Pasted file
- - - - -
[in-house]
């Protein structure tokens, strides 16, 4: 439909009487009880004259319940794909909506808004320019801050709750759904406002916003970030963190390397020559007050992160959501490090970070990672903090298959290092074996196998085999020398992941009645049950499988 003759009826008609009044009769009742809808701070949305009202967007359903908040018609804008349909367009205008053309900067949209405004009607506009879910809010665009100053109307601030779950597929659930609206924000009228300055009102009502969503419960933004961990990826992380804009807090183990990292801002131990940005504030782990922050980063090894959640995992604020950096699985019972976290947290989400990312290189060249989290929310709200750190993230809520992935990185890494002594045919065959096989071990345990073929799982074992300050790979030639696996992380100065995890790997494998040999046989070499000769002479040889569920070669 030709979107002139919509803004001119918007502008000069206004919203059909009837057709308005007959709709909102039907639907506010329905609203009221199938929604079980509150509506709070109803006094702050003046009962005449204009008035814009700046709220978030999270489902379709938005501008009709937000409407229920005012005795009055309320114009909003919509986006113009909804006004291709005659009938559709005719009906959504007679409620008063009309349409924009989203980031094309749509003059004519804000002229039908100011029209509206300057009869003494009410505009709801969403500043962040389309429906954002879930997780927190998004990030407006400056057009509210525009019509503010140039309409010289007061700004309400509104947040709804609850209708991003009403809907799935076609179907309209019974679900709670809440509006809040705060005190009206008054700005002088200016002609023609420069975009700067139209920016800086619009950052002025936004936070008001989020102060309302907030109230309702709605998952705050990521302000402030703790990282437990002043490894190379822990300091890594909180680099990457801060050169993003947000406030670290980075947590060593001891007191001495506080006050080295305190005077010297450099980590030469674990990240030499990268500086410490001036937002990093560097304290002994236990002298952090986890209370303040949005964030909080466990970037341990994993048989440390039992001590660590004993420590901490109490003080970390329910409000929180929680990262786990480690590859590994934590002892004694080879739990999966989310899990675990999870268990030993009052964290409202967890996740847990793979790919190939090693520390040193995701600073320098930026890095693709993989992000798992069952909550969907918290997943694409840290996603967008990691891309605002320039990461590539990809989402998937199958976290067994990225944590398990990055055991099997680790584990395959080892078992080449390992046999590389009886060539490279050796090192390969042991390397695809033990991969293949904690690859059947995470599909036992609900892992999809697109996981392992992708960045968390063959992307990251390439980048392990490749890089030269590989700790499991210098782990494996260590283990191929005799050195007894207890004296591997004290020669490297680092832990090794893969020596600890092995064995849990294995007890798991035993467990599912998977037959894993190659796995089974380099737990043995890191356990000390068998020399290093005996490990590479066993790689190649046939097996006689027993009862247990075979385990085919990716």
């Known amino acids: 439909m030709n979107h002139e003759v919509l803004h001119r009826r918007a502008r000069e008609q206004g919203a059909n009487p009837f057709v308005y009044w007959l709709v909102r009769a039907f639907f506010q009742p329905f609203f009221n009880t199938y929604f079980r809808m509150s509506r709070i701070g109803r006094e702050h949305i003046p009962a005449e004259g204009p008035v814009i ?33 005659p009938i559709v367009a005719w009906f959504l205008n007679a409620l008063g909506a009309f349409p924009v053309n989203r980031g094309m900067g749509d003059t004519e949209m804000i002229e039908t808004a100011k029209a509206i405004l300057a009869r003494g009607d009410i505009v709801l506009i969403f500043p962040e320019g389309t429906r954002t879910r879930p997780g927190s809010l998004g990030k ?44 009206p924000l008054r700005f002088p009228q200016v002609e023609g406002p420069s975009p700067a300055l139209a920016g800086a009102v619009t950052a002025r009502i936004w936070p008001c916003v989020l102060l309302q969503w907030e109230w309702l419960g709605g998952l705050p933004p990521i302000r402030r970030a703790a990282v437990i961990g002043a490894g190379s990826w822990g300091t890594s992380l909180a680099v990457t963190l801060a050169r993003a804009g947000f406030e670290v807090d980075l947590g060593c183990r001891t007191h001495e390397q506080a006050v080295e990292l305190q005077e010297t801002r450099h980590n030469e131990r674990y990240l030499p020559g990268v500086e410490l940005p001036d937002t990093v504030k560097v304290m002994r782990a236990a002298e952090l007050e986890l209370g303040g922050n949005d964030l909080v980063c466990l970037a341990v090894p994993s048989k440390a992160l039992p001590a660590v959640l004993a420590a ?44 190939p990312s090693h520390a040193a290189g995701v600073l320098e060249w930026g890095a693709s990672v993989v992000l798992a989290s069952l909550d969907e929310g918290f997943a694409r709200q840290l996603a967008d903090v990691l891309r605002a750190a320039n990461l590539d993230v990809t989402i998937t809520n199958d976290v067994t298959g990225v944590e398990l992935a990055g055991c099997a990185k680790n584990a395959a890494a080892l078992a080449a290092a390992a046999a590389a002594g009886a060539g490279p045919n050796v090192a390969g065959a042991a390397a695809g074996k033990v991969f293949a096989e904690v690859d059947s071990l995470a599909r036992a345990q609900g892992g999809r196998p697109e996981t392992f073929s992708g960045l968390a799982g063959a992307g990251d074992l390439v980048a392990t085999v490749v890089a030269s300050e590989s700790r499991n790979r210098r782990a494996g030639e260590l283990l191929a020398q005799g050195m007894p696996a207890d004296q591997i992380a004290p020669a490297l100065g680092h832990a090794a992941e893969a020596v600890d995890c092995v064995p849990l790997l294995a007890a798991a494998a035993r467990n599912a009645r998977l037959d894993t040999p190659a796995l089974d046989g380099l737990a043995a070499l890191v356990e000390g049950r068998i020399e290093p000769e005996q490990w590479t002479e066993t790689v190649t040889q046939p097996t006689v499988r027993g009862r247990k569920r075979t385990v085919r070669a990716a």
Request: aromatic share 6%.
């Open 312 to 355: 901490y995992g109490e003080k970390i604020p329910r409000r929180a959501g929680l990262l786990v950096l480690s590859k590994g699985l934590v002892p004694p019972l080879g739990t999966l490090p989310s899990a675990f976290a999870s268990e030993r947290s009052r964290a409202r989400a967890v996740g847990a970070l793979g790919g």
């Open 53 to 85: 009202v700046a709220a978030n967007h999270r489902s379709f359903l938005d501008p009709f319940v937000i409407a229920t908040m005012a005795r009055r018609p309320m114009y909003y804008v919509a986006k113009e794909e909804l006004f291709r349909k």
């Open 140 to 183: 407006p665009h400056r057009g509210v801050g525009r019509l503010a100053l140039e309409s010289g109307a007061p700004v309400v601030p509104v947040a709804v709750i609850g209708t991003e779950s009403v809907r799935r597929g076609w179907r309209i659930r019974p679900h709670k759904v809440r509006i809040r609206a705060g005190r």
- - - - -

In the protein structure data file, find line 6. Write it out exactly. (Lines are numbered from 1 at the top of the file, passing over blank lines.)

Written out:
């Open 53 to 85: 009202v700046a709220a978030n967007h999270r489902s379709f359903l938005d501008p009709f319940v937000i409407a229920t908040m005012a005795r009055r018609p309320m114009y909003y804008v919509a986006k113009e794909e909804l006004f291709r349909k």